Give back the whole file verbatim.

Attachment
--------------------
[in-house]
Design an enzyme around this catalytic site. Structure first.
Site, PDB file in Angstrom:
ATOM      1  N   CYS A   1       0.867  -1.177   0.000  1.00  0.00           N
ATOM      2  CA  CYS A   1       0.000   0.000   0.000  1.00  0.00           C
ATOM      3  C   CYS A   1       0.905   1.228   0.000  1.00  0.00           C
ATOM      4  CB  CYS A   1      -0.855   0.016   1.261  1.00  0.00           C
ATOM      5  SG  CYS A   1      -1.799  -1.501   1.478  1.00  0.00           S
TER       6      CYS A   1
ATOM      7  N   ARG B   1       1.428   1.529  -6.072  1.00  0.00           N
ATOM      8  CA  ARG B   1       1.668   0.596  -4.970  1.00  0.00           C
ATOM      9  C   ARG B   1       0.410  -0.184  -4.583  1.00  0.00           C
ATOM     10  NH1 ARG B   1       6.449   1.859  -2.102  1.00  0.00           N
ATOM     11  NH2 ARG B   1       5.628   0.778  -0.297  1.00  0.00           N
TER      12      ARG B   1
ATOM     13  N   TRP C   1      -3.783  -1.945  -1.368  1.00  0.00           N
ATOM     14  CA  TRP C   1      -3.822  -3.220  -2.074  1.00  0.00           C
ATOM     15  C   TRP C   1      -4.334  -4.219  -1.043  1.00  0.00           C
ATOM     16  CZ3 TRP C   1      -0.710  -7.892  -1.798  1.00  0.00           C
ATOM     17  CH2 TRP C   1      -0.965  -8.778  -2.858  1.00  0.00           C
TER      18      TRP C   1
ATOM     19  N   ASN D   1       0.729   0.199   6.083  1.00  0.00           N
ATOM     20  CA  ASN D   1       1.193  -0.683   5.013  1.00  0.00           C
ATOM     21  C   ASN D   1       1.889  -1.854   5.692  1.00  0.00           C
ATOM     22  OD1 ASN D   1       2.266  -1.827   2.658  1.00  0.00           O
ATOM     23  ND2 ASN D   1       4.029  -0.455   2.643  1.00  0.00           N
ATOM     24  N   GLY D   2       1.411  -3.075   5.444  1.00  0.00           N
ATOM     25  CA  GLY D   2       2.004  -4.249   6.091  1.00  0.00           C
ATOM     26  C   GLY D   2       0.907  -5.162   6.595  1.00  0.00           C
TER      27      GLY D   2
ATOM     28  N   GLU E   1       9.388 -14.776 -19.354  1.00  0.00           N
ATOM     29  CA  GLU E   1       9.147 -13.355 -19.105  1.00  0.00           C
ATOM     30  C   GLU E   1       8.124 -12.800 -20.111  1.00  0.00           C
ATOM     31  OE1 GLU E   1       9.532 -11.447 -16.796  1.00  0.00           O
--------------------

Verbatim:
[in-house]
Design an enzyme around this catalytic site. Structure first.
Site, PDB file in Angstrom:
ATOM      1  N   CYS A   1       0.867  -1.177   0.000  1.00  0.00           N
ATOM      2  CA  CYS A   1       0.000   0.000   0.000  1.00  0.00           C
ATOM      3  C   CYS A   1       0.905   1.228   0.000  1.00  0.00           C
ATOM      4  CB  CYS A   1      -0.855   0.016   1.261  1.00  0.00           C
ATOM      5  SG  CYS A   1      -1.799  -1.501   1.478  1.00  0.00           S
TER       6      CYS A   1
ATOM      7  N   ARG B   1       1.428   1.529  -6.072  1.00  0.00           N
ATOM      8  CA  ARG B   1       1.668   0.596  -4.970  1.00  0.00           C
ATOM      9  C   ARG B   1       0.410  -0.184  -4.583  1.00  0.00           C
ATOM     10  NH1 ARG B   1       6.449   1.859  -2.102  1.00  0.00           N
ATOM     11  NH2 ARG B   1       5.628   0.778  -0.297  1.00  0.00           N
TER      12      ARG B   1
ATOM     13  N   TRP C   1      -3.783  -1.945  -1.368  1.00  0.00           N
ATOM     14  CA  TRP C   1      -3.822  -3.220  -2.074  1.00  0.00           C
ATOM     15  C   TRP C   1      -4.334  -4.219  -1.043  1.00  0.00           C
ATOM     16  CZ3 TRP C   1      -0.710  -7.892  -1.798  1.00  0.00           C
ATOM     17  CH2 TRP C   1      -0.965  -8.778  -2.858  1.00  0.00           C
TER      18      TRP C   1
ATOM     19  N   ASN D   1       0.729   0.199   6.083  1.00  0.00           N
ATOM     20  CA  ASN D   1       1.193  -0.683   5.013  1.00  0.00           C
ATOM     21  C   ASN D   1       1.889  -1.854   5.692  1.00  0.00           C
ATOM     22  OD1 ASN D   1       2.266  -1.827   2.658  1.00  0.00           O
ATOM     23  ND2 ASN D   1       4.029  -0.455   2.643  1.00  0.00           N
ATOM     24  N   GLY D   2       1.411  -3.075   5.444  1.00  0.00           N
ATOM     25  CA  GLY D   2       2.004  -4.249   6.091  1.00  0.00           C
ATOM     26  C   GLY D   2       0.907  -5.162   6.595  1.00  0.00           C
TER      27      GLY D   2
ATOM     28  N   GLU E   1       9.388 -14.776 -19.354  1.00  0.00           N
ATOM     29  CA  GLU E   1       9.147 -13.355 -19.105  1.00  0.00           C
ATOM     30  C   GLU E   1       8.124 -12.800 -20.111  1.00  0.00           C
ATOM     31  OE1 GLU E   1       9.532 -11.447 -16.796  1.00  0.00           O